Studio works with young disabled musicians to create “accessible” identity for orchestra

Fiasco Design has created a new look for the National Open Youth Orchestra featuring a colourful suite of logos created by the group’s members and a bespoke typeface designed for legibility.

Fiasco Design studio has worked with members of the National Open Youth Orchestra (NOYO) to create a new visual identity for the inclusive music organisation.

NOYO was launched in September 2018 as a platform for young disabled musicians in the UK. The orchestra is open to 11-25-year-olds with physical and learning disabilities who play an instrument or have a “passion for music”, as well as young non-disabled musicians.

The music organisation, which is backed by The Barbican, Bristol Music Trust and Arts Council England, among others, holds regular rehearsals in cities including Bristol and London and is planning to stage its first public performances in 2020.

The studio set out to create an “accessible and inclusive” visual system, which aims to “reflect the collaborative and highly creative nature” of the organisation’s work, says co-founder and creative director at Fiasco Design, Ben Steers.

Keen to create an “expressive and youthful” look, Fiasco Design worked with members of NOYO to develop a suite of bespoke icons that are used as part of a visual system.

The studio held workshops with some of the young musicians from the orchestra, asking them to place a range of coloured paper shapes, including circles, rings, lines, dots and zig-zags onto a grid in any arrangement they wished.

The designs were then photographed and transformed into a suite of digital icons made up of overlapping shapes.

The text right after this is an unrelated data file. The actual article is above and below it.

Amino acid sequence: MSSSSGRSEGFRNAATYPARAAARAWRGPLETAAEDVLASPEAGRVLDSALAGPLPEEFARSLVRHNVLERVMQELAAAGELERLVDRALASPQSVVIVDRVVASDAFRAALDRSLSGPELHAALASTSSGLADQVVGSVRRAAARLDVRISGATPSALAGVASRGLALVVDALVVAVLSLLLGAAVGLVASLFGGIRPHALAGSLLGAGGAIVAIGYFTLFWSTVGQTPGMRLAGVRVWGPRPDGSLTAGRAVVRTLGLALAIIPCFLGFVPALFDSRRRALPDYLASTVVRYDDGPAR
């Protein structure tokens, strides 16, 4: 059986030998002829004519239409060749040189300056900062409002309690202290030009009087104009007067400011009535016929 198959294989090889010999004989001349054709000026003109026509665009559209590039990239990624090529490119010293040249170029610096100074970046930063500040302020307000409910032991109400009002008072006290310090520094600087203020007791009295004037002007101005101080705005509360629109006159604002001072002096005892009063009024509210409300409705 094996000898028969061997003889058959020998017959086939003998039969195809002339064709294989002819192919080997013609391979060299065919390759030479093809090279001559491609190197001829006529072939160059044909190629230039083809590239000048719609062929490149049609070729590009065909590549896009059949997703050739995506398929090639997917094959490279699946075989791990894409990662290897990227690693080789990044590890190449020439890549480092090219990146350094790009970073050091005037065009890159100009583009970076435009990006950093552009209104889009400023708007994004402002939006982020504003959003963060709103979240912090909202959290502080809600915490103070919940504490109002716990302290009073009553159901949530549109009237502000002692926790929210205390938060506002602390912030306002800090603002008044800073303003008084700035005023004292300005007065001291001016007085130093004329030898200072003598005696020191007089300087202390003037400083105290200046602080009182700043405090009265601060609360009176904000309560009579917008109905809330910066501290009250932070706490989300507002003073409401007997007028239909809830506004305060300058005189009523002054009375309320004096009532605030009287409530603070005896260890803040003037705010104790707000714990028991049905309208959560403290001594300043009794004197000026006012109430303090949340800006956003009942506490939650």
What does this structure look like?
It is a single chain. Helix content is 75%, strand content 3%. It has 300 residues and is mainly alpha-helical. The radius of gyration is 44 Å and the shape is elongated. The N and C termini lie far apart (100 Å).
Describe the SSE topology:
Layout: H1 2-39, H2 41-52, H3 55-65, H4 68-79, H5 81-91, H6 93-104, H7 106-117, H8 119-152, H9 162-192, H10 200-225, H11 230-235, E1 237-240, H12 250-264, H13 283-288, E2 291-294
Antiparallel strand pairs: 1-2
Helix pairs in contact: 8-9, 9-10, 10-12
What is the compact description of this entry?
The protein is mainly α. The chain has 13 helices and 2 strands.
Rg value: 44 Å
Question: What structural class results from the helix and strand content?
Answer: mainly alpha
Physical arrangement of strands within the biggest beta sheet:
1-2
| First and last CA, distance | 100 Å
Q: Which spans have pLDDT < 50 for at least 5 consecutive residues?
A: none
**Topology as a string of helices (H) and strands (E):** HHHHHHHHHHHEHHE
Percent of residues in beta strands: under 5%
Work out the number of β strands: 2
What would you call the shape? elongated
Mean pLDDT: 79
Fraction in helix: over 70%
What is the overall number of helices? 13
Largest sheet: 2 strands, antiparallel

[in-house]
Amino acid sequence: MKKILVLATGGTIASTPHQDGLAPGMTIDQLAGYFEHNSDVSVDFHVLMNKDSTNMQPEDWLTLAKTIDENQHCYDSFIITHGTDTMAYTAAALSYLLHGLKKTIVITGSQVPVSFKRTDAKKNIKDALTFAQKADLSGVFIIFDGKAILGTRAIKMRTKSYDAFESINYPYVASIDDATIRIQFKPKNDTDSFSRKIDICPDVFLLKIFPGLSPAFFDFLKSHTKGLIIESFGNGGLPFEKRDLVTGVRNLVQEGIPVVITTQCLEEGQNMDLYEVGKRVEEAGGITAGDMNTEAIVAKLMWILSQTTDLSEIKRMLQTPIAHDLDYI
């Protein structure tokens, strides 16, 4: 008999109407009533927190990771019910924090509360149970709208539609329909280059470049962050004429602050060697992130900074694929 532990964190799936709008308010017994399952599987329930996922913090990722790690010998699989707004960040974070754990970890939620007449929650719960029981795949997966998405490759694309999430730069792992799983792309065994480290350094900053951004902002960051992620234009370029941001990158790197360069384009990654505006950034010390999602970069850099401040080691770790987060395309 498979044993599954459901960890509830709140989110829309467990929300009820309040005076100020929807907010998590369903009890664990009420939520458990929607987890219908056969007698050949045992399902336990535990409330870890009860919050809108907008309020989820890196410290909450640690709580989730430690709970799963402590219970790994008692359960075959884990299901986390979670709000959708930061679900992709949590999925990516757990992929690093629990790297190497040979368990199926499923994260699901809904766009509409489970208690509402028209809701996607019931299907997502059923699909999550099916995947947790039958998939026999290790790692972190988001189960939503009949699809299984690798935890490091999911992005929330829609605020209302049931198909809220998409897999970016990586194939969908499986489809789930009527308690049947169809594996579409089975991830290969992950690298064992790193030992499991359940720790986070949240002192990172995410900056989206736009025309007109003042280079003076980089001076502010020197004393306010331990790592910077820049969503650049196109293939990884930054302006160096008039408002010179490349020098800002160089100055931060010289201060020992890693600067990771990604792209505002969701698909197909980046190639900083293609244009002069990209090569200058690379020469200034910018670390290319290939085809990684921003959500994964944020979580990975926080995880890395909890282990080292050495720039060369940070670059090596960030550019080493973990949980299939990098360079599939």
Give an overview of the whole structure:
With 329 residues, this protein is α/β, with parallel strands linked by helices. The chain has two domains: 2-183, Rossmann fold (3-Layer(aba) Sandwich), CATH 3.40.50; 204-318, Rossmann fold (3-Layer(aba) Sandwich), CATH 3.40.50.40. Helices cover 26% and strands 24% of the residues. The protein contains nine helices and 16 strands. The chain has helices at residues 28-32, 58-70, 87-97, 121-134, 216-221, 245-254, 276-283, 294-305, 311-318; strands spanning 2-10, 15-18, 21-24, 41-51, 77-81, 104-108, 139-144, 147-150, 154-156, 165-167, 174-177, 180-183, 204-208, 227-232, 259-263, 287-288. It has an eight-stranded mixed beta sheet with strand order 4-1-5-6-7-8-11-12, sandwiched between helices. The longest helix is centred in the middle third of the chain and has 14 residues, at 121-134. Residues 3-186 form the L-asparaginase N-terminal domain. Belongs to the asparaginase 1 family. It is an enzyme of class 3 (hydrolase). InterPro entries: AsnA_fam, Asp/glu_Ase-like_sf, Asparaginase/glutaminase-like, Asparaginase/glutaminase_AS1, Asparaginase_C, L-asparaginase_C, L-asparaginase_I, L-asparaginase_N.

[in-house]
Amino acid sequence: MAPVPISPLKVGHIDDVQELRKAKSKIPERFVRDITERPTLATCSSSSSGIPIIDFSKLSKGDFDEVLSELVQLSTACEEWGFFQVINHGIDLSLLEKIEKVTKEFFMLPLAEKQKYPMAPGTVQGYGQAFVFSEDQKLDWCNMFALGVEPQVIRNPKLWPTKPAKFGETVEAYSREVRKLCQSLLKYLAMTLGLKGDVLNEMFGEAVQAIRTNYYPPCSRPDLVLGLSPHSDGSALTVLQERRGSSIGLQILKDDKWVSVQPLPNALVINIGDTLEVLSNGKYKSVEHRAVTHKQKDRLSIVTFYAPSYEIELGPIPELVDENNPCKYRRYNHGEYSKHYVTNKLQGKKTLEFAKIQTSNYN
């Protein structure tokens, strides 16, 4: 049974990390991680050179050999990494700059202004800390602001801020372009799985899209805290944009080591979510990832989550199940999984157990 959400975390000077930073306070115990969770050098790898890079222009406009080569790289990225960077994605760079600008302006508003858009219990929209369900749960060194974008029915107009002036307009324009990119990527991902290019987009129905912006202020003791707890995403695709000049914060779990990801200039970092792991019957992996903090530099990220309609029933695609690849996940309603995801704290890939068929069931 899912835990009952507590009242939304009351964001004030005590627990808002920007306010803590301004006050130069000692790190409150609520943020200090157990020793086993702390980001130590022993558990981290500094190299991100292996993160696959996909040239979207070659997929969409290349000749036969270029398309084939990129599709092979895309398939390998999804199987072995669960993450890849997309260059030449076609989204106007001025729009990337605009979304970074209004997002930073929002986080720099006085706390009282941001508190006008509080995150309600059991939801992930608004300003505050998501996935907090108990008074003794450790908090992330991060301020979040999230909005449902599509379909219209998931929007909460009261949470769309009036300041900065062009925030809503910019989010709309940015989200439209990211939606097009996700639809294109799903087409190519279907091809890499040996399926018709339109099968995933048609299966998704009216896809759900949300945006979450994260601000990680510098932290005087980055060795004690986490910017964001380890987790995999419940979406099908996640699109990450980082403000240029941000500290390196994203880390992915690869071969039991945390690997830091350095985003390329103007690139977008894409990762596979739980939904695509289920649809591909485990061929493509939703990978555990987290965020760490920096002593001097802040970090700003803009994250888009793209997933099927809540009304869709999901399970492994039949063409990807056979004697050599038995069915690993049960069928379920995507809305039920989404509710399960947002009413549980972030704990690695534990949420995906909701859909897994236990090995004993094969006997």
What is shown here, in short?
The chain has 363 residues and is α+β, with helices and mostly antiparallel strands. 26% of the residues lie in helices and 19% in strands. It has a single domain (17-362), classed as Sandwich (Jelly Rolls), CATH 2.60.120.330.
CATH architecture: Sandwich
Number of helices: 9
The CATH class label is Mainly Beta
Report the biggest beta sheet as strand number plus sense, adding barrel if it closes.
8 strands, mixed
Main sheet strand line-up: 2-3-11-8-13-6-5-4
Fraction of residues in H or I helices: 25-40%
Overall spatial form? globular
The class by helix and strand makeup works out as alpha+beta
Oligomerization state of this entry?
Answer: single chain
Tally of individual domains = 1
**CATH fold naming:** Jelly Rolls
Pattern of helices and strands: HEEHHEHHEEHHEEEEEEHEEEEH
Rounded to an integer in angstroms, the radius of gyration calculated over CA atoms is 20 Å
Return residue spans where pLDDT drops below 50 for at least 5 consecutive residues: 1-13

These icons have been used throughout the branding, paired with the words “National Open Youth Orchestra” or “NOYO” in sans-serif typeface FS Me.

Elements of the icons have been extrapolated and reinterpreted across business cards, notebooks and posters, using the brands core colours. The NOYO website uses enlarged versions of icons, which animate and rotate as users scroll up and down.

A “bright” and “fun” colour palette including pink, yellow, purple, blue and turquoise has been chosen to “provide enough colour contrast for those with visual impairments”, Steers says.

The studio followed Web Content Accessibility Guidelines throughout the design process. It includes advice on how to create digital content that is “accessible” to all, including people with disabilities.

The process led to the selection of “easy-to-read” typeface FS Me, which has been used for the logotype and as the core typeface throughout the branding. It was designed by type foundry Fontsmith, which worked with learning disabilities charity Mencap, with the aim of being accessible to people of all abilities.

The typeface looks to make letter forms easier to differentiate through a range of techniques such as making dots on letters “i” and “j” “larger than average”, while portraying a sense of “warmth” and “friendliness” without appearing “childlike”, according to Fontsmith.

“We researched typefaces that would suit those with impairments, eventually opting for FS Me — the first font to be designed in consultation with those with learning difficulties and visual impairments,” Steers says. “It’s extremely legible and provided a great balance against our bright colour palette.”

The strapline, “No more barriers, just great music” has been used throughout the branding.

The visual identity is being rolled out across a range of touchpoints including the NOYO website and branded merchandise, and will continue to roll out across digital and print touchpoints such as posters.

The studio plans to continue working with NOYO to create a web application that will give members the chance to create their own icons, allowing more young people to contribute.

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